Lesson Eight

Adjective Clauses

An adjective clause is a clause that describes a word or a group of words in another clause. Adjective clauses are often part of a complex sentence.

Adjective clauses use that, who, whom, and which to begin the clause:

She’s the person who gave me the idea.


She’s the person that gave me the idea.

In both sentences, the person is described by…

She gave me the idea.

…but use that or who in place of "she."


Here are some examples:

This student who comes from Japan is a very nice person.

female student

The highway that George travels on every day is usually very crowded during rush hour.


George is a man who likes to eat a lot of watermelon.


mean eating watermelon


(If you like this video, you can find more about adjective clauses here.)

To practice the creation of a sentence with an adjective clause, combine these pairs of sentences:

  1. The teacher was not happy.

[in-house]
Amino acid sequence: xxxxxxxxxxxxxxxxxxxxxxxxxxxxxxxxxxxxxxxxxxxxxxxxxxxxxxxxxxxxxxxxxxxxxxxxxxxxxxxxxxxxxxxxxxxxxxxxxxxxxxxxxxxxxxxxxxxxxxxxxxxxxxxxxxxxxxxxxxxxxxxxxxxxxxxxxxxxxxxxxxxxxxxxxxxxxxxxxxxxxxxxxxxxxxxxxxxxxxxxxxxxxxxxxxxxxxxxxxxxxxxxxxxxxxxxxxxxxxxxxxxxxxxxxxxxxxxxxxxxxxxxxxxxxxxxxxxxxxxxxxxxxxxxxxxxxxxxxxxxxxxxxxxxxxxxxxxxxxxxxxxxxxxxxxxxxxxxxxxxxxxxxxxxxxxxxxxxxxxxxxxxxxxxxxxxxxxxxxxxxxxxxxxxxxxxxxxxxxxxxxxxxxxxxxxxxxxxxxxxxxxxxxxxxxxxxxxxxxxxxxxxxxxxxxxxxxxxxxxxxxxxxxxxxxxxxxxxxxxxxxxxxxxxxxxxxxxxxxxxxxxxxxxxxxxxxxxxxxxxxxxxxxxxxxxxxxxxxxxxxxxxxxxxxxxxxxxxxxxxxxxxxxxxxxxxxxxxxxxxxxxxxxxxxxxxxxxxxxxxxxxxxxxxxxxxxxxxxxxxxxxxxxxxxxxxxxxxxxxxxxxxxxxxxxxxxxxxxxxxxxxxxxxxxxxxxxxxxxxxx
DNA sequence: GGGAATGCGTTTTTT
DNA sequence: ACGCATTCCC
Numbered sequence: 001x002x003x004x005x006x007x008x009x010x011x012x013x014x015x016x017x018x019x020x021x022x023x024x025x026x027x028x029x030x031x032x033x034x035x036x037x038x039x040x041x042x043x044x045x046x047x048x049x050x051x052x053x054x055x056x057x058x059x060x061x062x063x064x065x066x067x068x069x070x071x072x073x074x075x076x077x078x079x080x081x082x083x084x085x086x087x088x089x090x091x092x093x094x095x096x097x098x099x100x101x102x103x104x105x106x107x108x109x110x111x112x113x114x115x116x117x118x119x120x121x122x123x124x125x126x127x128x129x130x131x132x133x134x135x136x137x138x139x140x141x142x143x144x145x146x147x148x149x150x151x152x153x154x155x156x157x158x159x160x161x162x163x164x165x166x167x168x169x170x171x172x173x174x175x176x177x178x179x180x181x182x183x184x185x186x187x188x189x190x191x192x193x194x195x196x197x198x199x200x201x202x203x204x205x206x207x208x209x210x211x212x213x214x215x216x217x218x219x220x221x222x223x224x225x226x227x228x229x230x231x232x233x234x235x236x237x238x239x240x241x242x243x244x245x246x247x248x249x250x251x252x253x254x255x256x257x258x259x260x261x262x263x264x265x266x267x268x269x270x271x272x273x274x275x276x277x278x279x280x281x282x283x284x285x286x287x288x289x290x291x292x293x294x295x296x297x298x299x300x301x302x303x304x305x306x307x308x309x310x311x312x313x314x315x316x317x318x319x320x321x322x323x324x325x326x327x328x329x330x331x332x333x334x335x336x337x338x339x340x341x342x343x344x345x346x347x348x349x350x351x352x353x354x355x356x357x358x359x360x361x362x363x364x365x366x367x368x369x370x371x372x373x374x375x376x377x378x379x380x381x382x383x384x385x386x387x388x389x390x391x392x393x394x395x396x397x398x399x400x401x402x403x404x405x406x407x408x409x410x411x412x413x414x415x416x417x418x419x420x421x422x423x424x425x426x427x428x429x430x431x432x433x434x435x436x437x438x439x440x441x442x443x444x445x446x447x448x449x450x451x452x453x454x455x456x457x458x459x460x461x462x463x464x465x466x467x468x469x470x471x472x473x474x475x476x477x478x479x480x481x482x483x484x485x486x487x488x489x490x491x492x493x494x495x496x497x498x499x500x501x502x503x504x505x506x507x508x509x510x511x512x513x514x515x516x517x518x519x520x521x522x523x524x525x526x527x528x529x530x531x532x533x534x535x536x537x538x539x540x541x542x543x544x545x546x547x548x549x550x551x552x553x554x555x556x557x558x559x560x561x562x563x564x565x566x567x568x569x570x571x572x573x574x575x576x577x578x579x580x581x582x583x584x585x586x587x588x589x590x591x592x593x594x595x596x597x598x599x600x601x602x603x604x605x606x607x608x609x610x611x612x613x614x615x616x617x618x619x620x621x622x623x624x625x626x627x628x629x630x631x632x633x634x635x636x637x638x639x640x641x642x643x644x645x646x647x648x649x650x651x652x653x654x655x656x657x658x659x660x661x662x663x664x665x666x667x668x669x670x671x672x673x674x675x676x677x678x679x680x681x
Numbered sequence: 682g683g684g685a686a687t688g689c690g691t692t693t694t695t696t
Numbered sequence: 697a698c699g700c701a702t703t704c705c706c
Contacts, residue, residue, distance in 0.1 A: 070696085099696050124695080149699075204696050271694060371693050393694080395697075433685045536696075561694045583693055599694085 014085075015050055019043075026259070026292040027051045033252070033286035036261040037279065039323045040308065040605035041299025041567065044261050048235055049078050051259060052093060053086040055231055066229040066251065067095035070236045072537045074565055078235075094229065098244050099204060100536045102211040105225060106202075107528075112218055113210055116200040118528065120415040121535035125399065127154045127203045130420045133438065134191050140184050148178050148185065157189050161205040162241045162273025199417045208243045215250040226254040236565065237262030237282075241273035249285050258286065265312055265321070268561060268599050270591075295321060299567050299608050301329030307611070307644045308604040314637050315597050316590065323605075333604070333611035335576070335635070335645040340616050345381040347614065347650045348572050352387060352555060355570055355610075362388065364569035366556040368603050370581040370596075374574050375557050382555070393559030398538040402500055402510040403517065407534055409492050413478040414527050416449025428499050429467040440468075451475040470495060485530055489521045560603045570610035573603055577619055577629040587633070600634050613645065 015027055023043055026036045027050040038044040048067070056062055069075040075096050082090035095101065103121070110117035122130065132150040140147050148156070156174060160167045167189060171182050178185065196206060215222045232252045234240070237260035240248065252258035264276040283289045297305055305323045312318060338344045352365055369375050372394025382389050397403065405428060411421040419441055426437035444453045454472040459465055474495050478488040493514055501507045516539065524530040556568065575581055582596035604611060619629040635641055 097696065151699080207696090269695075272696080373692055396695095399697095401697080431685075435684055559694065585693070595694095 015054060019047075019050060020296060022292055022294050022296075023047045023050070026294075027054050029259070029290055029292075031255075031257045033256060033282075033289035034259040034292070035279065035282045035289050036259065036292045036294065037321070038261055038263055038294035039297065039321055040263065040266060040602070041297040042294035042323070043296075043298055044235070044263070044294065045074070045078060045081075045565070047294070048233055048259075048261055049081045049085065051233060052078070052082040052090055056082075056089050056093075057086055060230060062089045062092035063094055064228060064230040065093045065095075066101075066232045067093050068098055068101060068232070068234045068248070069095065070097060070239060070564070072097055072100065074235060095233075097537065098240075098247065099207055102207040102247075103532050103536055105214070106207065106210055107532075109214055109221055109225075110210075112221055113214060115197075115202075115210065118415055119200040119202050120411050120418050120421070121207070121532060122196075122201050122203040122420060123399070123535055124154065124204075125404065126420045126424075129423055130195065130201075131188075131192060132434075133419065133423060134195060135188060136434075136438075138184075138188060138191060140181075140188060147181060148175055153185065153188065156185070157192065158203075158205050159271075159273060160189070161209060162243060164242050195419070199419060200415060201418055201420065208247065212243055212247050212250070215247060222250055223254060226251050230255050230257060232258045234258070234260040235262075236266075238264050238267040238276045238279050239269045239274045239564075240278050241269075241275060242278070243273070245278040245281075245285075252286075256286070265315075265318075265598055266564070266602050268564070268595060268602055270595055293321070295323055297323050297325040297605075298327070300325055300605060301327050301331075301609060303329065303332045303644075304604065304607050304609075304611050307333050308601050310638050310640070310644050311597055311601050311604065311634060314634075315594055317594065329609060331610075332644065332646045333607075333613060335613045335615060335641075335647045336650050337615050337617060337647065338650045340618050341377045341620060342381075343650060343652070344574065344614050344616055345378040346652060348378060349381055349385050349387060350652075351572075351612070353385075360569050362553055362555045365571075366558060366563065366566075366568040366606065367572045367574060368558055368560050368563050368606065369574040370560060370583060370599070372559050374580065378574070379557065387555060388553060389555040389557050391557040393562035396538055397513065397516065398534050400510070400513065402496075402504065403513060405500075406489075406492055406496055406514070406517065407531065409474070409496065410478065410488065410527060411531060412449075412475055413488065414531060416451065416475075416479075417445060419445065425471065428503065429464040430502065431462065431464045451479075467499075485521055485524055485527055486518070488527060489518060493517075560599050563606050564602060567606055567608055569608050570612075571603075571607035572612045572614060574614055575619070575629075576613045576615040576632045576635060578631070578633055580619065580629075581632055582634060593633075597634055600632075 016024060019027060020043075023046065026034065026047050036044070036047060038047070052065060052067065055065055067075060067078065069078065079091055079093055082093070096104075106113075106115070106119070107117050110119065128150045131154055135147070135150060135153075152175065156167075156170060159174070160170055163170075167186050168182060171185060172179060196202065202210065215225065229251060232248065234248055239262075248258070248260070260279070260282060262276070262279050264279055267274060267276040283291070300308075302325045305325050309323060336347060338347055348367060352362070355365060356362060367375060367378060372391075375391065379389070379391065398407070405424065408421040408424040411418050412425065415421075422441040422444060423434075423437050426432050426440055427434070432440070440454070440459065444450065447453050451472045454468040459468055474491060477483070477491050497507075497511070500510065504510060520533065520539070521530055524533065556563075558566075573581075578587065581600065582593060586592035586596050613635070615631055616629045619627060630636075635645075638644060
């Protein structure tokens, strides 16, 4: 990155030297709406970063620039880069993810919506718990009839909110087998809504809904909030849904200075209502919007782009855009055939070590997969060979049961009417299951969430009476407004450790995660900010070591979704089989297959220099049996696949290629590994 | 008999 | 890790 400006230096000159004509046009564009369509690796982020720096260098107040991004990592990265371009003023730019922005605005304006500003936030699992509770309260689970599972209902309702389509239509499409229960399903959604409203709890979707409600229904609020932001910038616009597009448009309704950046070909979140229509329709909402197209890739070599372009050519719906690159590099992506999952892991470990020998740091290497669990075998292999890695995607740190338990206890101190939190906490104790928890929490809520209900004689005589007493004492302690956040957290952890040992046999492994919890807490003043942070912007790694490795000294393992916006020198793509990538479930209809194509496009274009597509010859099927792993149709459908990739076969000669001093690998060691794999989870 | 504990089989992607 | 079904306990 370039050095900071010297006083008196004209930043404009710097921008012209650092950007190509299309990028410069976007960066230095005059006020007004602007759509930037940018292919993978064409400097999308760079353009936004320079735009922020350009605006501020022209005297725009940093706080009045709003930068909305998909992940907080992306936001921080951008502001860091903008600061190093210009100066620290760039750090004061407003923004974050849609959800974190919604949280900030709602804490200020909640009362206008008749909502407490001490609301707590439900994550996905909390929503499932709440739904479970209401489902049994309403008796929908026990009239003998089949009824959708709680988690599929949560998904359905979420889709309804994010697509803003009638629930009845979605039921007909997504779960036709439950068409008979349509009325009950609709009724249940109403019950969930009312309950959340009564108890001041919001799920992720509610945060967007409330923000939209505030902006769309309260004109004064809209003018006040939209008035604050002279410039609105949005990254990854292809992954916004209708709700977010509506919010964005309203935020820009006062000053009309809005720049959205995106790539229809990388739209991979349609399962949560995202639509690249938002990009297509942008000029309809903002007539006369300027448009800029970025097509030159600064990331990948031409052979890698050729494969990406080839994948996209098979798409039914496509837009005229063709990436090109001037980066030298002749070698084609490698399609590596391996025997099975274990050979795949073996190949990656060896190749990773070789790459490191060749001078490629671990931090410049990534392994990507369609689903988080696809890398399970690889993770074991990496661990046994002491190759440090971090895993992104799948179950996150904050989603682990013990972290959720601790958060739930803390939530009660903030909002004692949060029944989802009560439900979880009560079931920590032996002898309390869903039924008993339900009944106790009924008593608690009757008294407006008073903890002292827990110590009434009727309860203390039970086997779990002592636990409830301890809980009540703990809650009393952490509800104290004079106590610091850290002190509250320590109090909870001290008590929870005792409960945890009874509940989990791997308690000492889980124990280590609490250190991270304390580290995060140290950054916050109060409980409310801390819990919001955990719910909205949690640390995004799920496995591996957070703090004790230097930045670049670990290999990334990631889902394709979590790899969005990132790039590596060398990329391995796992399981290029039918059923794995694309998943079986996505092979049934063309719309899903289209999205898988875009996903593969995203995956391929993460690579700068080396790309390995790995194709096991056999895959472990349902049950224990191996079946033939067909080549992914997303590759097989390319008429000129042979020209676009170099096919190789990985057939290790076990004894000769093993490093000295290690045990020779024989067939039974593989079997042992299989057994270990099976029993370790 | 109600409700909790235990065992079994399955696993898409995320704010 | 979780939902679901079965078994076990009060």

2. He found gum under the desk.

The teacher who found gum under the desk was not happy.

Now you practice. I recommend that you write your answers on a piece of paper. Don’t look at the answers below until you have finished trying to put these together.

  1. The students are very helpful to each other.
  2. They go to this class.

Answer: ______________________________________________.

  1. The apples are rotten.
  2. I bought them today.

Answer: ______________________________________________.

  1. We really like the new car.
  2. We bought it last weekend.

Answer: ______________________________________________.

– – – – – – – – – – – – – – – – – – – – – – – – – – – – – – – – – – – – – – – – – – – – – – – – – –

  • Answers:

    The students who go to this class are very helpful to each other.
  • The apples that I bought today are rotten.
  • We really like the new car which we bought last weekend.

Click here for additional practice in using adjective clauses.

In the next lesson, you’ll learn about adverb clauses.

Next: Lesson Nine

adverb clauses